1. re: CarrieWas218

                          Brix is NOT Cal-Italian, by any stretch. Our dinner on 4/16 was:

                          - white and green asparagus salad (grown on the estate), hard-boiled quail egg halves with a fabulous gribiche sauce

                          - truffled chevre mac'n'cheese (side order)

                          - Glazed salmon with a mustard sauce, fingerling potatoes, and a combination of snap peas, fresh peas, and pea sprouts.

                          - Spiced duck breast with mascarpone polenta, rutabaga mostarda, and Swiss chard braised in bacon.

                          - Strawberry-rhubarb buttermilk panna cotta with a shortbread cookie; actually a parfait.

                          - Meyer lemon cheesecake with mint sauce.

                          Everything was beautifully composed and executed. Service is excellent, dining room is handsome with a nice outdoor patio. Brix is much better under Chef Chris Jones (formerly of Girl & Fig/Sonoma) than either Mustards or Don Giovanni, which are their closest geographic competition.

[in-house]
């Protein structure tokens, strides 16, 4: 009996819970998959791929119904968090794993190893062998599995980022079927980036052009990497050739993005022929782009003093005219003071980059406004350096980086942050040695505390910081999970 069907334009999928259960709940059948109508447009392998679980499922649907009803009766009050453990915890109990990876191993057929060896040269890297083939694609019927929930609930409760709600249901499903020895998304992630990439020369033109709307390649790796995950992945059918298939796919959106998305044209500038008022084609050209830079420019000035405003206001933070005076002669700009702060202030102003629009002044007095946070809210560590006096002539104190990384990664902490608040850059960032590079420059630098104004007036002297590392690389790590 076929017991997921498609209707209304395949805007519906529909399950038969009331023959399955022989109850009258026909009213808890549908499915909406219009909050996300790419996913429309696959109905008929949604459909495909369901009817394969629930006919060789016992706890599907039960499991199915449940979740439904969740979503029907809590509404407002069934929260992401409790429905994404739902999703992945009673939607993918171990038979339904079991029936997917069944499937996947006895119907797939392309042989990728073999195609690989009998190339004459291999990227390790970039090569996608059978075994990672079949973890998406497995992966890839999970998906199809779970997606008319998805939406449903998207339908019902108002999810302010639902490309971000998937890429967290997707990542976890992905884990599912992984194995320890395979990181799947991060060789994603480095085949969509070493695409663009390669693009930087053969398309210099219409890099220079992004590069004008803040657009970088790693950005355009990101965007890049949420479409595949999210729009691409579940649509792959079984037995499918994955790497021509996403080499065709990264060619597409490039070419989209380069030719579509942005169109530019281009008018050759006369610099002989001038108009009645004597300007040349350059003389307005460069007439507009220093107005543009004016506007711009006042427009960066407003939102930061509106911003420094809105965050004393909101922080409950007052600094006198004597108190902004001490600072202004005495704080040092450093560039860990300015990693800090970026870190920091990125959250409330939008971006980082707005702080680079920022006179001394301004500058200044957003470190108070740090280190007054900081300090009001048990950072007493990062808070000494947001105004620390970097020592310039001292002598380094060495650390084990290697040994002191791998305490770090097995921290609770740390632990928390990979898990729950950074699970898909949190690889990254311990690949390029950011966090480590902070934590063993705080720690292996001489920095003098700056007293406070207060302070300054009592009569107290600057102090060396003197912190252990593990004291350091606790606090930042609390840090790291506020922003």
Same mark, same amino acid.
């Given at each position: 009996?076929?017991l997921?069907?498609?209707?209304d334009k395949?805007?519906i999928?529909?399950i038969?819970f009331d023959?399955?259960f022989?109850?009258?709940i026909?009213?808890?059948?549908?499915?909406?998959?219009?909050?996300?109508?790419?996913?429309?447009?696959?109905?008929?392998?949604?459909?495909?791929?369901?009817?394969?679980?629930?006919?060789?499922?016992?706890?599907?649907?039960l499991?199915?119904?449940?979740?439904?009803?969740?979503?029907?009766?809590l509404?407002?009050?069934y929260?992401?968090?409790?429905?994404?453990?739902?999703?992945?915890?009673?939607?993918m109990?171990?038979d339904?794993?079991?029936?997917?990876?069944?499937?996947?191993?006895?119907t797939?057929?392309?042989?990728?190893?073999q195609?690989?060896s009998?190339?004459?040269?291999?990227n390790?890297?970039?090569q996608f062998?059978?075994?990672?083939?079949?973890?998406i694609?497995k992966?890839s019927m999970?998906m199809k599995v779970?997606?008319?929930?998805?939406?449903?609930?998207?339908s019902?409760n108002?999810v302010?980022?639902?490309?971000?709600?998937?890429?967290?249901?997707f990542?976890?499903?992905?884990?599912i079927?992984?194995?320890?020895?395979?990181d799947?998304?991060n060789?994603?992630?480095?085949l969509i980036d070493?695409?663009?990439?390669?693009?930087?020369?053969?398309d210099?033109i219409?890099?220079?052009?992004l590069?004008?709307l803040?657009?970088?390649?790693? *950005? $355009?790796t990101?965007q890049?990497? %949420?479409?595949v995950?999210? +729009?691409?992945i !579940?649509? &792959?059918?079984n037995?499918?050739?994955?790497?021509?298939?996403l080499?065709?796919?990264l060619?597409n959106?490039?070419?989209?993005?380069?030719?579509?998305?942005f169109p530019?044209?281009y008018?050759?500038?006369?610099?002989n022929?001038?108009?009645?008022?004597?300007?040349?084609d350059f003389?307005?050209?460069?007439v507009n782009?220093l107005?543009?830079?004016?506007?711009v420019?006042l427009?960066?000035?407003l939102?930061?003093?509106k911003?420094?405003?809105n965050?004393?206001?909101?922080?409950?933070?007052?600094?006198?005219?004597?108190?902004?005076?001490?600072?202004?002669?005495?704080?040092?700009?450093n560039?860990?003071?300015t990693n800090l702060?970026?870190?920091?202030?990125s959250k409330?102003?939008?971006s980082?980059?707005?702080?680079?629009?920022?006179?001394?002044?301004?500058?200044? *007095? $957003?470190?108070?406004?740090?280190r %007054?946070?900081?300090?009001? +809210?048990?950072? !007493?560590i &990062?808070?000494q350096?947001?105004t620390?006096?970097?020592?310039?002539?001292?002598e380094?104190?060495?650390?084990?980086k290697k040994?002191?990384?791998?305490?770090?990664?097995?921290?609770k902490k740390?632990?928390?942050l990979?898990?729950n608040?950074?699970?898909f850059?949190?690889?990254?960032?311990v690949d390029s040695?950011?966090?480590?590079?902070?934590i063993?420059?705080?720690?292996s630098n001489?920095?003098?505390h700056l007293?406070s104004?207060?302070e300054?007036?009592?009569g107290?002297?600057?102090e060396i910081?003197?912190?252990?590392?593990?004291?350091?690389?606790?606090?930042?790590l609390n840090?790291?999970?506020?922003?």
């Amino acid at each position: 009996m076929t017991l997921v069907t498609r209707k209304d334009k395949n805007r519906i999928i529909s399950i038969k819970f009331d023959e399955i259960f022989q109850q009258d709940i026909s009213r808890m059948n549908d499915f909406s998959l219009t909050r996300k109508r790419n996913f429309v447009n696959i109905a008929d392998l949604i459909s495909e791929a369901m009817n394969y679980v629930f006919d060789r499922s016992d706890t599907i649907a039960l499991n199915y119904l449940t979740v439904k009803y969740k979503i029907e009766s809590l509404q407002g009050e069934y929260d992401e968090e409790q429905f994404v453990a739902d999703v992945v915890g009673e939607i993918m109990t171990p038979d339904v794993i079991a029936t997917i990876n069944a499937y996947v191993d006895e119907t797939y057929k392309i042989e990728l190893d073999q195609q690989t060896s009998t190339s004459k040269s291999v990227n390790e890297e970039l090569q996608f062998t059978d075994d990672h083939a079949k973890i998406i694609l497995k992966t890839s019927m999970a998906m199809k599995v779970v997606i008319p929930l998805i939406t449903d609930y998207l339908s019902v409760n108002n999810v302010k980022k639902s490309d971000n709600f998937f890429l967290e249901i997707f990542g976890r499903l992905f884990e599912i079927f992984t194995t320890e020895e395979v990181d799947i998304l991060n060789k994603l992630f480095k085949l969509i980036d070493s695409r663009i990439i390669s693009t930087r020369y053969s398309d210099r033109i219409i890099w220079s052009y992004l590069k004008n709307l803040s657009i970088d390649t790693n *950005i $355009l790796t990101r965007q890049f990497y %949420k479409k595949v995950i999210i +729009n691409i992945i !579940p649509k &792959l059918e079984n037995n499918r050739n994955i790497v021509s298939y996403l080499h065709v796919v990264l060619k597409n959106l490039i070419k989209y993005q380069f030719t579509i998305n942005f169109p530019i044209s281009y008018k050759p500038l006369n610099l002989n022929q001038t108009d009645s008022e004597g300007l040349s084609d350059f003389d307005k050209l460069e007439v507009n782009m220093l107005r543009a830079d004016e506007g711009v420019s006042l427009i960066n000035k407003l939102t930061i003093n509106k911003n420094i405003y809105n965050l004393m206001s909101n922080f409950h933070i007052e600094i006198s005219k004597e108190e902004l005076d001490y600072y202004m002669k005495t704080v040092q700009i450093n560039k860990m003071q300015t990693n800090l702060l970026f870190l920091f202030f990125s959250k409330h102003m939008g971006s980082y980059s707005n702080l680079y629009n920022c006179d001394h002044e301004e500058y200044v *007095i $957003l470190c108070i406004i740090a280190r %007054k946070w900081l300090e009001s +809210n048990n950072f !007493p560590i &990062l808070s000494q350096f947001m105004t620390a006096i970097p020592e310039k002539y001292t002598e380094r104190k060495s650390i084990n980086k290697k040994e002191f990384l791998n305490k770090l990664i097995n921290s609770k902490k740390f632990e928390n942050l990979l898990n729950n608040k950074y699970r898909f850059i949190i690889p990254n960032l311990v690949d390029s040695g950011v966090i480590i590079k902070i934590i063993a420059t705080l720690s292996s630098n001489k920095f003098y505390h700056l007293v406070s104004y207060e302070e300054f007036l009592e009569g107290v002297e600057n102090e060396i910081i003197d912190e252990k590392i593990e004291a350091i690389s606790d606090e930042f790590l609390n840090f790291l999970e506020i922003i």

1. re: CarrieWas218

                            thanks! I think at this point I'm now thinking JoLe for dinner #1, Zuzu for dinner #2 after Solbar for lunch, and then throwing a bone to the others in the party and doing Mustards, or maybe Wood Grill and Wine Bar for dinner #3

                      2. Wow! What a diversity of opinions.

                        In my descending order, I'd go with:

                        Redd, exquisite more minimalist. No way it's less than $50 pp

                        Bouchon, still fun and delicious

                        Oenotri, good value and atmosphere for a group

                        mustards and Don Giovanni for lunch. Onion rings, calamari, pork chop and duck at Mustards. Frito Misto, flatbread and daily fish outside at DG

                        Jeanty, tired old school. I don't get the attraction